Buongiorno, bonjour and “g’day”! (don't you like how they're all the same thing? ~ who knew Australian vernacular was so cosmopolitan???).

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It’s your old pal Kit (Christof) Fennessy here. I've been writing this blog with your help for ten years, and there's over a hundred and fifty recipes, restaurant reviews of Australia and around the world, and general gourmet articles in these pages for you to fritter away your idle hours on.

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Tuesday, November 8, 2011

SARDINIA PART 1 - Cagliari

Sardinia. The cradle of civilization, located at a historical path of intersecting ways. The holiday retreat of Silvio Berlussconi and Johnny Depp, Sardinia is a popular European travel destination. But in Australia the first thing most people ask is “Where is it? Near Sicily?”

Kind of. Take a look at a map of the Mediterranean. Go up and to the left. See the biggest island, right in the middle of the Sea? That’s Sardinia. Once you’ve seen it, you can’t not see it.

Slap dab in the middle of the Mediterranean, close to Africa and most of Western Europe, accessible to the Middle East, Sardinia has an archaeological history that predates the Bronze Age and has the fingerprints of every major culture from the surrounding regions all over it. Civilisations have spanned through the Nuragic people and their stone fortresses (with between 6,500 – 8,000 “nuragi” ruins around the island, depending on who you talk to), up to the Phoenicians, then the Romans (Sardinia was the wheat bowl for ancient Rome), and finally Christian cultures coming through – including a dose of Catalan culture, the Aragons, and let’s not forget the modern Italian twist.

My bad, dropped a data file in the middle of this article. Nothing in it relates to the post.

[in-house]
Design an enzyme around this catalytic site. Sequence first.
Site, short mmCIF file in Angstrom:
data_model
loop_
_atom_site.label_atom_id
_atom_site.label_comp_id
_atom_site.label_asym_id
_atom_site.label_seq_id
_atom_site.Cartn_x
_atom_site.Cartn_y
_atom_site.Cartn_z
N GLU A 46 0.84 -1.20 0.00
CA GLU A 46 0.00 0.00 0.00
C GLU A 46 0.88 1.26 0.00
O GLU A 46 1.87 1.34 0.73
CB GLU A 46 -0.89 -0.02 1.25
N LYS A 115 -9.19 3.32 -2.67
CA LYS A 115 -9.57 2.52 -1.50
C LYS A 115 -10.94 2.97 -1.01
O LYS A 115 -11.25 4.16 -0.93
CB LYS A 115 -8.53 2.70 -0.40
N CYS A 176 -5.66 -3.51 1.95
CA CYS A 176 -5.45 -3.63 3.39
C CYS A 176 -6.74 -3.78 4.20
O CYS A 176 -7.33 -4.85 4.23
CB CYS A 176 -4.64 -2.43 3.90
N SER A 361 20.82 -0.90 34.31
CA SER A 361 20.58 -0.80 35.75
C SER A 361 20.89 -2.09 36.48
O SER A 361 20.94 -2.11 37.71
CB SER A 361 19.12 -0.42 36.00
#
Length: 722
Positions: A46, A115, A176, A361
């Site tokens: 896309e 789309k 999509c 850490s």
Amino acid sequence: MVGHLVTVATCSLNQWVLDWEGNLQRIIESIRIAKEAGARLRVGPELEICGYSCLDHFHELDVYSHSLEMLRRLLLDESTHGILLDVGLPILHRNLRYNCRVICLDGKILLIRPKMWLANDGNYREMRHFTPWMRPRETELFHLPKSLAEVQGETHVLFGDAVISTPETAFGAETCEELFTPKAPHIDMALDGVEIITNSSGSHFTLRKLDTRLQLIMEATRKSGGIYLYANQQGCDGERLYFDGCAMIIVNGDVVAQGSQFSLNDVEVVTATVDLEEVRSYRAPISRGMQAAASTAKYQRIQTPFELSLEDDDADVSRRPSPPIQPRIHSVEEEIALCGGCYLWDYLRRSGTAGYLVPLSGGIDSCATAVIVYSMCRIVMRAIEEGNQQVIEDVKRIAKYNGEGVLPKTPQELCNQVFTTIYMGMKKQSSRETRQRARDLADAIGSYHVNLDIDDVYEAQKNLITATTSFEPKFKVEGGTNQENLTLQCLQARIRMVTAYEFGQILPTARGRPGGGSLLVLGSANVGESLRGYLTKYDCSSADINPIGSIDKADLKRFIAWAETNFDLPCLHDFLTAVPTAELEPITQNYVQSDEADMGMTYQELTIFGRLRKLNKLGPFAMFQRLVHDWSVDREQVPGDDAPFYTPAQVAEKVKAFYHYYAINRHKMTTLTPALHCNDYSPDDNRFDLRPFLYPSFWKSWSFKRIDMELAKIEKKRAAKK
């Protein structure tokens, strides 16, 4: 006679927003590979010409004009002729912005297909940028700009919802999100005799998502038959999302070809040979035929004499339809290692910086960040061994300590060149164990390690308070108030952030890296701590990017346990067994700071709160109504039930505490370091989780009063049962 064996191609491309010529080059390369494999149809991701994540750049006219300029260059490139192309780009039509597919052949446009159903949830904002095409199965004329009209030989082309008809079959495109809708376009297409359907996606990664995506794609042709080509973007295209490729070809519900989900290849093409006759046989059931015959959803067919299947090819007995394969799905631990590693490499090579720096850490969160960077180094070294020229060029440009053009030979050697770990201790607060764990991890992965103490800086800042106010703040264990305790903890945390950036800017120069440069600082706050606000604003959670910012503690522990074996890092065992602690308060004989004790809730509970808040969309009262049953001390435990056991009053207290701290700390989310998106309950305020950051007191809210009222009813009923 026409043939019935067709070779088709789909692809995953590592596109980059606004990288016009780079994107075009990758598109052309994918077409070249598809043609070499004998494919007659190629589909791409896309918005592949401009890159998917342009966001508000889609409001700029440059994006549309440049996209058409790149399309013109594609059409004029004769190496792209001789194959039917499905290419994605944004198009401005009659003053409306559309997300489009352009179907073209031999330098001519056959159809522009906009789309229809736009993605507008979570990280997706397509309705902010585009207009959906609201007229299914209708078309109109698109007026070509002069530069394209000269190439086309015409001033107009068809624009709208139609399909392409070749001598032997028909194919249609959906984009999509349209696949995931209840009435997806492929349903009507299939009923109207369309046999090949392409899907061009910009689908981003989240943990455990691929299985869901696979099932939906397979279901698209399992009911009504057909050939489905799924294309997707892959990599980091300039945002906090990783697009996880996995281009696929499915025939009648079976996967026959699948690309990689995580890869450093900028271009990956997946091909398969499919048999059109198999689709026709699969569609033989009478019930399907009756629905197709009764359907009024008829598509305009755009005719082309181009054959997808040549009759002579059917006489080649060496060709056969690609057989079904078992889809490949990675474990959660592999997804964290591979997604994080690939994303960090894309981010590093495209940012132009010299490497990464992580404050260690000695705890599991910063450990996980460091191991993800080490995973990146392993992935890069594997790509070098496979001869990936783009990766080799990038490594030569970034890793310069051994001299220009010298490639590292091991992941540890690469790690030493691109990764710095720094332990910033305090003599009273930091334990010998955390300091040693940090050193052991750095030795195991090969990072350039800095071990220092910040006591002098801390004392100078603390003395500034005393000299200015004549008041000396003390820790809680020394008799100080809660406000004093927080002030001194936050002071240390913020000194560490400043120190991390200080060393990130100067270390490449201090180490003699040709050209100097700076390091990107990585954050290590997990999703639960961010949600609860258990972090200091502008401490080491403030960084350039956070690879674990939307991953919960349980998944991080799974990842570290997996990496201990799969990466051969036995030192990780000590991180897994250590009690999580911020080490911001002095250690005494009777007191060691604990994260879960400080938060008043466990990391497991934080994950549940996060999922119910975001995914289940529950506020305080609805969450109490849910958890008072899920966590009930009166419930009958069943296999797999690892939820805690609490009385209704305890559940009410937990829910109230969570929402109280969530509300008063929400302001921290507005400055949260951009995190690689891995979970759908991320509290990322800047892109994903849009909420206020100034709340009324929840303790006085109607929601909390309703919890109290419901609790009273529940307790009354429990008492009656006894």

With its location and constant invasion, with locals retreating to the tops of hills and inland, traditional Sardinian food does not feature sardines, despite the name. Sardinia is more known for its goat meat, cheeses, salamis and hard breads (and goat stealing and the occasional kidnapping). The knives of Sardinia are famous: hand made, curved, and folding down into horn handles, they are perfect for slicing salami or killing someone. But that’s all in the past now.

Modern day Sardinians are a warm and welcoming people. Politically, there seems some local tension with Italy, with slogans like “Sardinia is not Italy”, and Che Guevera popular with protesting students. Cuban sympathies abound, but ultimately the economy is based on a strong tourist trade.
Modern Sardinia has a rich seafood tradition culinarally, but in the hinterland it’s still a fantasy food; almost like seafood is a luxury novelty that they run to at the seaside, knowing it could be taken away any second.

The ancient city of Cagliari – pirate port, now seaside resort, the capital of Sardinia and our first stop.
Churches abound every block and a half, raised in adulation for the miracle of not being sacked or burnt down by passing marauders. The city is also conveniently built on a steep hill, to give the inhabitants space to retreat each time they were invaded (which, by the looks of things, was a regular occurrence).

The Via Roma, the main bayside strip, runs along a port filled with commercial ferries and sailing ships, and features huge arched covered walkways filled with cafes, Italian tourists taking coffee, and the occasional protest march.

The square halfway up the hill on the Largo Carlo Felice is pretty touristy and stacked with loud bars and gaming places for kids.